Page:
• During the launch of STS-27, Atlantis sustained damage to more than 700 tiles ... and the crew knew about at least some of it. Hear Jerry give his harrowing account of his return to Earth... and what might have been.

Rick
Member

Posts: 373
From: Yadkinville, NC
Registered: Jun 2000

posted 11-02-2017 01:52 PM     Click Here to See the Profile for Rick   Click Here to Email Rick     Edit/Delete Message   Reply w/Quote
Les Hanks served for many years as a quality control inspector, technician and industrial engineering and safety engineer on the Space Shuttle at Kennedy Space Center in Florida. After an absence of a few years, Les is back at KSC and working on the Space Launch System program.

I first met Les when former Busch Series driver Ashton Lewis and I took a tour of KSC. Ashton got to go on board one of the Shuttles in the OPF... and I got to stick my head in the hatch and see the potty!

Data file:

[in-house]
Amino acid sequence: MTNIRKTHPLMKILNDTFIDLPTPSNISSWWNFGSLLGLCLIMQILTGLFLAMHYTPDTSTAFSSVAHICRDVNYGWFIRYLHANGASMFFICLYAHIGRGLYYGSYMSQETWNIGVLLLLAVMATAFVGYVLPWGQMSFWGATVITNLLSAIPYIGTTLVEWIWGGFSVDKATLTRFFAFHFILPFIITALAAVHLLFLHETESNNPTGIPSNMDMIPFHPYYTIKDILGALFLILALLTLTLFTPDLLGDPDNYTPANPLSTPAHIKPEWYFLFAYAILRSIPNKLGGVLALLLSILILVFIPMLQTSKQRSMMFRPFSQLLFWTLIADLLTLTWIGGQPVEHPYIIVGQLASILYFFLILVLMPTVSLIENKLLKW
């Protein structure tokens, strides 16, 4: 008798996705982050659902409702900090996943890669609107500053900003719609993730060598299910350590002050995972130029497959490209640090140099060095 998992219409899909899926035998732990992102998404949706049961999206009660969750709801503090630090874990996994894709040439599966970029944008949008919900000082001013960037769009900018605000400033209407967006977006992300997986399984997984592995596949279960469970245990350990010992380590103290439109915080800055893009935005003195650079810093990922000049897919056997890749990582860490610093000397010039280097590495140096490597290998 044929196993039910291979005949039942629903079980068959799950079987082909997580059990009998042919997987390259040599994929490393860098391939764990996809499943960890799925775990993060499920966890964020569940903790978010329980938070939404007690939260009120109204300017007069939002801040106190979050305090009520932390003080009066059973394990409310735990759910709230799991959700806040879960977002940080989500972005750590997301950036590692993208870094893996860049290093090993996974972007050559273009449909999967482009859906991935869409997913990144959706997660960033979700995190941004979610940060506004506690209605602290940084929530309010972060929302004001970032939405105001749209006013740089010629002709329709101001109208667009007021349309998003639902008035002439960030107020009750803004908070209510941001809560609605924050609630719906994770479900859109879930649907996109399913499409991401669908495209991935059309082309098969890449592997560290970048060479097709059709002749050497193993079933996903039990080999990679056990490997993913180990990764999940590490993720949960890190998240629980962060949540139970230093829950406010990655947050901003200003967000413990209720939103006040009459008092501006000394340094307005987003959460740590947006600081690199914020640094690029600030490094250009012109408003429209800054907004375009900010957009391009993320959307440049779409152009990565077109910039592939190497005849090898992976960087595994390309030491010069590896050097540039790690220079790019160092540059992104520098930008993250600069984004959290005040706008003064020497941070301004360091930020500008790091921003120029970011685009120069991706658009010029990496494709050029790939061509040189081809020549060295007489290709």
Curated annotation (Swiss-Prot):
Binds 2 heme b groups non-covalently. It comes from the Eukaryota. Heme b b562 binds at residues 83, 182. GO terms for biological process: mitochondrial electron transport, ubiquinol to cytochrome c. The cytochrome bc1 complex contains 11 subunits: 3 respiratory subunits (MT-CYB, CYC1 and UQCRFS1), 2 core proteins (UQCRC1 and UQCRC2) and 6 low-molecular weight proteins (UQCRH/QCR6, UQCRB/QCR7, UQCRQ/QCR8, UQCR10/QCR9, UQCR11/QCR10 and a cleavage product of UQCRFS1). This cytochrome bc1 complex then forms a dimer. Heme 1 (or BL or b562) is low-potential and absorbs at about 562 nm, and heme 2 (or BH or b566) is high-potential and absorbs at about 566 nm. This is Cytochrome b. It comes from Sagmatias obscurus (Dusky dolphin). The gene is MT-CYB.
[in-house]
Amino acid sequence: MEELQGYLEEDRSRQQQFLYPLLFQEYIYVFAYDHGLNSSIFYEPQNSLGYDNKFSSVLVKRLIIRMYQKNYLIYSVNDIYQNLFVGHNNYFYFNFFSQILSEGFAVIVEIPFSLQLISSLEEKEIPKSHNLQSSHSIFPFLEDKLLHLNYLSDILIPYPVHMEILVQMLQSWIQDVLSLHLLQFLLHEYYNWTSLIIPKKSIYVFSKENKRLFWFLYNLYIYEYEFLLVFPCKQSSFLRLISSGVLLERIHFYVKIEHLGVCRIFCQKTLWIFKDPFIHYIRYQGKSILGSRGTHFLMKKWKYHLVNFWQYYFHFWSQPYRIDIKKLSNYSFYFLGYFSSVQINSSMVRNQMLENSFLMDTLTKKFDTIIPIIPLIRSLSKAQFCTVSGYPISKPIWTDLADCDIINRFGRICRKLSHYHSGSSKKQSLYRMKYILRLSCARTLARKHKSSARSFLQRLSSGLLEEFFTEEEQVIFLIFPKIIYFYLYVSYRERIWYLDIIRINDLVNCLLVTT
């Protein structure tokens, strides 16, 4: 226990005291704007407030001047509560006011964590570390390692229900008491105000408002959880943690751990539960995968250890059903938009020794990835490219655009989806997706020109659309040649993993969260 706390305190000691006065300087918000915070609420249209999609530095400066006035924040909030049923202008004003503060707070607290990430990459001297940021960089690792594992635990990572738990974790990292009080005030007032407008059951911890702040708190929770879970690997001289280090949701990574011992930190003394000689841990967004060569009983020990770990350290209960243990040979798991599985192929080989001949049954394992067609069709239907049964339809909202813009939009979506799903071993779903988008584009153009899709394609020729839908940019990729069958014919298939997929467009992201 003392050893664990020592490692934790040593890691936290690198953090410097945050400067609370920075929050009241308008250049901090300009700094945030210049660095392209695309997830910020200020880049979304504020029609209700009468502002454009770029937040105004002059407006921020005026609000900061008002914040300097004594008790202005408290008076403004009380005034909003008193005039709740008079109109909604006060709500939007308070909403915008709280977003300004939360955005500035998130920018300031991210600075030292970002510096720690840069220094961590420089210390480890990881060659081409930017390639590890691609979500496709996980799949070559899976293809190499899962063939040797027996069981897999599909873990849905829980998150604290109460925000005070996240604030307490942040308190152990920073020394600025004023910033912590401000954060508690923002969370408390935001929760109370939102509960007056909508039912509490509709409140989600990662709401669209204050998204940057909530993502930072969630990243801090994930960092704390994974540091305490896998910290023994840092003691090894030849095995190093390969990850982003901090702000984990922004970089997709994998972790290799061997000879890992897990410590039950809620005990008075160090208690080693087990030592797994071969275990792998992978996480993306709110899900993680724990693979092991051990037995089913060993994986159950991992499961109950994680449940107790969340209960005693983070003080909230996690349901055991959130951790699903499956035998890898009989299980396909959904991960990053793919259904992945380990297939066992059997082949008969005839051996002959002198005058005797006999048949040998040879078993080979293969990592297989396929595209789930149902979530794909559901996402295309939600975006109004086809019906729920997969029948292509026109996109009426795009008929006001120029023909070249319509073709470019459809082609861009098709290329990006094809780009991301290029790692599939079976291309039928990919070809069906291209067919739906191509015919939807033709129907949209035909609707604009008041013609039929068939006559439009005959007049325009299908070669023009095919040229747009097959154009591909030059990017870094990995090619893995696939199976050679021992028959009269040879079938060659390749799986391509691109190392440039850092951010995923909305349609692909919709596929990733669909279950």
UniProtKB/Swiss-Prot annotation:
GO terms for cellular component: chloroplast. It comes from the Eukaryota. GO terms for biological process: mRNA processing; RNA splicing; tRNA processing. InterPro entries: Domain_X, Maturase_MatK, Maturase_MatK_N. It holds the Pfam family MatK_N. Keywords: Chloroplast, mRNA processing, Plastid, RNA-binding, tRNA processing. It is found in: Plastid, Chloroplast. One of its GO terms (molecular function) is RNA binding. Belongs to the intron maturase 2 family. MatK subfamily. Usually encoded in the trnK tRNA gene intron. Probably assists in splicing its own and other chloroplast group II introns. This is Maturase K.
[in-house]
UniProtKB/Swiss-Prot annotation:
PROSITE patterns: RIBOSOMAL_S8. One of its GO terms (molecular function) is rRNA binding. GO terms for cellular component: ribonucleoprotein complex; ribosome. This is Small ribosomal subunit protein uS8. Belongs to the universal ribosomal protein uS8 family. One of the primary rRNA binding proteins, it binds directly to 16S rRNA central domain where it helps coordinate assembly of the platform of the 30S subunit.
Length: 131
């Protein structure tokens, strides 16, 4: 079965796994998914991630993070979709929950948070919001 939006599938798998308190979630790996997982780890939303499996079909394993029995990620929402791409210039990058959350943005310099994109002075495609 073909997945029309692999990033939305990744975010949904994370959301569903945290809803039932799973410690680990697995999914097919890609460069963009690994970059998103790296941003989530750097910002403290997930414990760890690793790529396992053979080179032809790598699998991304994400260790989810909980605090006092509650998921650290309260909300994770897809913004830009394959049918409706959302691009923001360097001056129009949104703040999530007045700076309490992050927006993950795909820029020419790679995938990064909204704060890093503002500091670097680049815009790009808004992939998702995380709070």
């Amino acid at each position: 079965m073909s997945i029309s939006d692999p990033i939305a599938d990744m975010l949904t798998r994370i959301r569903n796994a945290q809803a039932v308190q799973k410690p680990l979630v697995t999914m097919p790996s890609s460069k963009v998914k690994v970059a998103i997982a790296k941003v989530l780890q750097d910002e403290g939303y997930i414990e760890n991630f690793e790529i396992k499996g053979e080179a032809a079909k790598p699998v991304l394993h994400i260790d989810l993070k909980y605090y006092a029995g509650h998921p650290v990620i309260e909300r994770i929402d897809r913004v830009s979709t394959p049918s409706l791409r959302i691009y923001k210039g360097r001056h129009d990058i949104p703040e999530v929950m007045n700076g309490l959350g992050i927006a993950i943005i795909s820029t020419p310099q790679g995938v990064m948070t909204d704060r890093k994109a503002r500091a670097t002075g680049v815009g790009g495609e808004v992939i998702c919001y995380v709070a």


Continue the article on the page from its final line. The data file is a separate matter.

Les is a big NASCAR fan, and, obviously, I have a big interest in all things NASA. We've been friends ever since. Les joined me for this week's episode of the podcast, and our conversation pretty much ran the gamut! Listen in on our chat here. Show Notes:

  • After serving as an F-16 crew chief in the United States Air Force, Les planned to go to work for one of the major airlines. An on-the-spot offer to work on the Shuttle, however, changed the course of his career.

  • Les describes the exquisite attention to detail Shuttle technicians gave to their work, and how it all paid off on launch day.

  • Although he was assigned to a particular Orbiter Processing Facility, Les' work in all reality was spread across each facility and all of the vehicles in the Shuttle fleet.

  • The astronauts who flew on board the machines Les and his co-workers labored on made it a point to thank the Shuttle workforce for their expertise. After all, it was their lives on the line if something went wrong.

  • Les remembers where he was and what he was doing February 1, 2003 — the day Columbia went down.

  • After the tragedy, Les copes with the emotions of the accident and the uncertainties of the program itself while serving on the reconstruction team at the Cape.